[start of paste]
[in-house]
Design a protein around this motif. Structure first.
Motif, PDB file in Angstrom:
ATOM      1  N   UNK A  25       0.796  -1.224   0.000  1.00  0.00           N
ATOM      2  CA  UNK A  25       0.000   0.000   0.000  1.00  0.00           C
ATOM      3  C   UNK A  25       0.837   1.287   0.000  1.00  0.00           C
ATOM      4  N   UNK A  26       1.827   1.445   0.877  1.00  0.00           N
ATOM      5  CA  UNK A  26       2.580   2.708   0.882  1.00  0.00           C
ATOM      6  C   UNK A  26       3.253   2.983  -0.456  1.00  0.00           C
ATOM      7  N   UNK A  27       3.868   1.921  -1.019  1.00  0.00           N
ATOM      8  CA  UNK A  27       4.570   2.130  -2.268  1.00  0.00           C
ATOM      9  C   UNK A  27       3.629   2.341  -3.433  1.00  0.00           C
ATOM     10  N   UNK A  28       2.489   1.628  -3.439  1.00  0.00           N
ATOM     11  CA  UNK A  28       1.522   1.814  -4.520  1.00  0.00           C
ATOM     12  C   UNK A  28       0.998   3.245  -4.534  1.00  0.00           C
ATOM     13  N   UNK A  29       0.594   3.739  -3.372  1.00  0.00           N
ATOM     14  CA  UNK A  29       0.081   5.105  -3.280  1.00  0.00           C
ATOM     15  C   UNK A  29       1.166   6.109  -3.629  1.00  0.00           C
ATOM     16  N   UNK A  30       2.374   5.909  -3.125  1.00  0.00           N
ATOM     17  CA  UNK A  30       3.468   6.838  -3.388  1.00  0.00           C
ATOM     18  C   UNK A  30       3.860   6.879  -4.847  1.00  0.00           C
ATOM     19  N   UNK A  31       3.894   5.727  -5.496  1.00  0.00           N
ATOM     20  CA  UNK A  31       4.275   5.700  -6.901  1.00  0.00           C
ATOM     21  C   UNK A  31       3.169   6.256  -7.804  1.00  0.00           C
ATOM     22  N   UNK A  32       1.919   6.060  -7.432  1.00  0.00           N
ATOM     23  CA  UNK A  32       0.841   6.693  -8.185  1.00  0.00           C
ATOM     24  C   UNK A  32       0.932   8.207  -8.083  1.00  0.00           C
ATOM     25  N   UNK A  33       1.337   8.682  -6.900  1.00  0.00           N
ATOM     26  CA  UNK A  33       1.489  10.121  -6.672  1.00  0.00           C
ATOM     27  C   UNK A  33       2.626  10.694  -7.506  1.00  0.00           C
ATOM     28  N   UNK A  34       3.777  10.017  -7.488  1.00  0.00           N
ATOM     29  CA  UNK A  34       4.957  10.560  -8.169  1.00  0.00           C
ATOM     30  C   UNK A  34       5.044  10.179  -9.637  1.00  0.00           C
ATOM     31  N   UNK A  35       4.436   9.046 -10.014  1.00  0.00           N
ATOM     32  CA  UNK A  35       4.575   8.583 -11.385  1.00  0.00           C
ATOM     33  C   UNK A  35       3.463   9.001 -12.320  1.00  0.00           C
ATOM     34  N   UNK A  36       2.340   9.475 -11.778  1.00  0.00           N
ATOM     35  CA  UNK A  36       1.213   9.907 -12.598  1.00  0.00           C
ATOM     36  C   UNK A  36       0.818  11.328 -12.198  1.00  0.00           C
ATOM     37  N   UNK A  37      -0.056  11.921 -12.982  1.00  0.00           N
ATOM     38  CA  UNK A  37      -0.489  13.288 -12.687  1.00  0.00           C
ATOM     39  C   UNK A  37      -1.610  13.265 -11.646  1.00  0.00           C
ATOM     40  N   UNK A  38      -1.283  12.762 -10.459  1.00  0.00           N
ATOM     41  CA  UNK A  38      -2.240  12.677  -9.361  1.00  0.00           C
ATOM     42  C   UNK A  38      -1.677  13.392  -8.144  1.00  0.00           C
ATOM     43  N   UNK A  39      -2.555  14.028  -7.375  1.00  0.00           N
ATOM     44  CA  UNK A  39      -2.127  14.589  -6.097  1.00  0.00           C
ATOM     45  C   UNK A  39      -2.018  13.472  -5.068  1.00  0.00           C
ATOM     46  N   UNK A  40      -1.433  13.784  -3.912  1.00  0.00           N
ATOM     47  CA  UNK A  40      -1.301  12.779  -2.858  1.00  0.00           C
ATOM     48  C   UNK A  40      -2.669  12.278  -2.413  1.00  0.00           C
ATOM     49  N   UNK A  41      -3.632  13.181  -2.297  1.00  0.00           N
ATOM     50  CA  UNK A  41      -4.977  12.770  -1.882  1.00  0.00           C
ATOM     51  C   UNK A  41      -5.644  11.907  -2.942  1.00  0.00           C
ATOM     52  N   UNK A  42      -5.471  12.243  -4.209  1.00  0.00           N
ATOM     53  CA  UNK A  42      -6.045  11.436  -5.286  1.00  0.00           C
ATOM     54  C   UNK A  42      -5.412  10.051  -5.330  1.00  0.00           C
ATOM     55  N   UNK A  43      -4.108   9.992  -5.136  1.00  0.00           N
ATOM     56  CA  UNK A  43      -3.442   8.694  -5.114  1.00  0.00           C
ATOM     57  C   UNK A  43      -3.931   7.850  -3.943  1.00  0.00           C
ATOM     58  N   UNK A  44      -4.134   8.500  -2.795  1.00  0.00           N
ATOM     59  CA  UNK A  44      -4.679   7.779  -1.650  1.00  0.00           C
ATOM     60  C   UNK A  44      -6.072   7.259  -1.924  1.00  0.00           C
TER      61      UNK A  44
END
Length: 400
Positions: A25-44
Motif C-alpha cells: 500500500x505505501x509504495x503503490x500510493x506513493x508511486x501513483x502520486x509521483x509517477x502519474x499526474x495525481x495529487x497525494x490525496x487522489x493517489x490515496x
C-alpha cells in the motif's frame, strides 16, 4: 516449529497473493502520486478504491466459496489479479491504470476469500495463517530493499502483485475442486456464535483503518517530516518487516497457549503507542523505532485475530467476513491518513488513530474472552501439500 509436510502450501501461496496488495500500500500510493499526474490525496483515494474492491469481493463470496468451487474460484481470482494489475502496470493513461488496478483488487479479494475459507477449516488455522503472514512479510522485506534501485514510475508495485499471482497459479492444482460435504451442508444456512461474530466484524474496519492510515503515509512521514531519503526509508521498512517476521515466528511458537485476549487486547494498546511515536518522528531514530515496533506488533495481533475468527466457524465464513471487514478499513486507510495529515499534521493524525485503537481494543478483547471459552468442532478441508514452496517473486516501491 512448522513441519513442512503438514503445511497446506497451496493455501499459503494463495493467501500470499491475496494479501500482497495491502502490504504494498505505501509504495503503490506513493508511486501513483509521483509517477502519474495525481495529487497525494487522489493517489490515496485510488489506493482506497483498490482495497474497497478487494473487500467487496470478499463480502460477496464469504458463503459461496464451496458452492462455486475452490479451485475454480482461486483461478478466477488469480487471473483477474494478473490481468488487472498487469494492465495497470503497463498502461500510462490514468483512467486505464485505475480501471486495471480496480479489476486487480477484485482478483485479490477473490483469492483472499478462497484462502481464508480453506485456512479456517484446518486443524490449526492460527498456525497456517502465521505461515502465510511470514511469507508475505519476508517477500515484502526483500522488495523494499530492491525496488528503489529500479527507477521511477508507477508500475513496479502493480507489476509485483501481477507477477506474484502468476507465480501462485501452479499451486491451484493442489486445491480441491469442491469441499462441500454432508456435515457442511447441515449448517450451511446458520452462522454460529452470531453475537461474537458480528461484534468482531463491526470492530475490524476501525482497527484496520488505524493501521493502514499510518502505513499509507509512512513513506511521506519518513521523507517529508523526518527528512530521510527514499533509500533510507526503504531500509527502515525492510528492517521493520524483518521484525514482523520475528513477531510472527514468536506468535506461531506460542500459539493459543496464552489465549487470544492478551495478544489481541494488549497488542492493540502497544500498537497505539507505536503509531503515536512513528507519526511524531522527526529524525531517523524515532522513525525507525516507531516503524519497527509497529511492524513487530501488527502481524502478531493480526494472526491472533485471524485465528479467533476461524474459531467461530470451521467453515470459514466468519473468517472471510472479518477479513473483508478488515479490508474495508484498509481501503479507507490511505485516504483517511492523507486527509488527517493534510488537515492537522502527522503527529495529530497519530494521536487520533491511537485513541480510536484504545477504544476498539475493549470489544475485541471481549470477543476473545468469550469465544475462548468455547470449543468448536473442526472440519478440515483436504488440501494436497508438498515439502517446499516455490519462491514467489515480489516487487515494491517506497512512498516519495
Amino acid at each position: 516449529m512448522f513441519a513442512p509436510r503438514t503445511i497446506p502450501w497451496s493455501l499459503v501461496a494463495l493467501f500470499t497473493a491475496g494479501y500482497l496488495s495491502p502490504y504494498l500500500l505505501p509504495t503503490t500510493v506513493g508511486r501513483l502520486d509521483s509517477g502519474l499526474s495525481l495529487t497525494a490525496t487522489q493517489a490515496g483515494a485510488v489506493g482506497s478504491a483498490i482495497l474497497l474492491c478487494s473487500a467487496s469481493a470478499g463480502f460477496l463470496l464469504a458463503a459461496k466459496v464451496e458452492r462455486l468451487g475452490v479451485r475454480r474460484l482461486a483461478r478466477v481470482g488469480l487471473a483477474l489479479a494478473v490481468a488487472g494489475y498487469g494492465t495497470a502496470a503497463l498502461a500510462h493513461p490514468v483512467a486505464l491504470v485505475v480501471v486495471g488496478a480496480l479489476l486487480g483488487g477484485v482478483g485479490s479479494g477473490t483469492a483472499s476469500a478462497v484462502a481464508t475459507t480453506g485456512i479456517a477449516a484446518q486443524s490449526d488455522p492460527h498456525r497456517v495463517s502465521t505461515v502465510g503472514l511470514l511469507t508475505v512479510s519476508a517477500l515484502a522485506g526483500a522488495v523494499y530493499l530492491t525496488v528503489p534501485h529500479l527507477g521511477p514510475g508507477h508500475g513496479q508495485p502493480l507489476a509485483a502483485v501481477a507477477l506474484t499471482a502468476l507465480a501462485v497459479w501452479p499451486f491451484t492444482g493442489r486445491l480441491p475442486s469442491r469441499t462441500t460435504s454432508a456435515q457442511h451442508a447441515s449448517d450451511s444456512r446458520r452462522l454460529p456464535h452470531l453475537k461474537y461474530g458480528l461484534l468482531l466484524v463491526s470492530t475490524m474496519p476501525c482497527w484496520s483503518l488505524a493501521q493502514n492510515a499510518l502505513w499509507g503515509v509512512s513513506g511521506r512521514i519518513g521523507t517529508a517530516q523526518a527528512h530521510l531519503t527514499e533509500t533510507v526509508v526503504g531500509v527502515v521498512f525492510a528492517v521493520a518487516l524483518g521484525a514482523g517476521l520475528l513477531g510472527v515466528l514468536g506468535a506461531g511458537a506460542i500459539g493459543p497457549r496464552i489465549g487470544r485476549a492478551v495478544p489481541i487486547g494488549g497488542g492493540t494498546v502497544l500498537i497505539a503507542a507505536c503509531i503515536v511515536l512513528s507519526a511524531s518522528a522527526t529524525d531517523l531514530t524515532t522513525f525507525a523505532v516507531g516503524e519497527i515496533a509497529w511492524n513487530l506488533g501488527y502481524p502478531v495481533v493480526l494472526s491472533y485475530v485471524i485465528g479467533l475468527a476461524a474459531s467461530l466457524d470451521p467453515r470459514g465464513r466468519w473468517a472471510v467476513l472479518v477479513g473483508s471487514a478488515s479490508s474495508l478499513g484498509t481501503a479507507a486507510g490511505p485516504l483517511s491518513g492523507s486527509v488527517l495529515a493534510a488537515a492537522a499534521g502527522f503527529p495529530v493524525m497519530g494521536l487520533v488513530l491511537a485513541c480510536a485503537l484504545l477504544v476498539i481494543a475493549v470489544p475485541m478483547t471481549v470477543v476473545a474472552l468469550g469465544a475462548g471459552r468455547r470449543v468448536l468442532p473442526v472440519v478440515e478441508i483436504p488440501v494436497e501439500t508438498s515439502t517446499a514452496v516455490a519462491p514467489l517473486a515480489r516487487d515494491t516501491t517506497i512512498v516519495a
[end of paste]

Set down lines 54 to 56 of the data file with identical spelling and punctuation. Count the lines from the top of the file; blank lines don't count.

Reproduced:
ATOM     51  C   UNK A  41      -5.644  11.907  -2.942  1.00  0.00           C
ATOM     52  N   UNK A  42      -5.471  12.243  -4.209  1.00  0.00           N
ATOM     53  CA  UNK A  42      -6.045  11.436  -5.286  1.00  0.00           C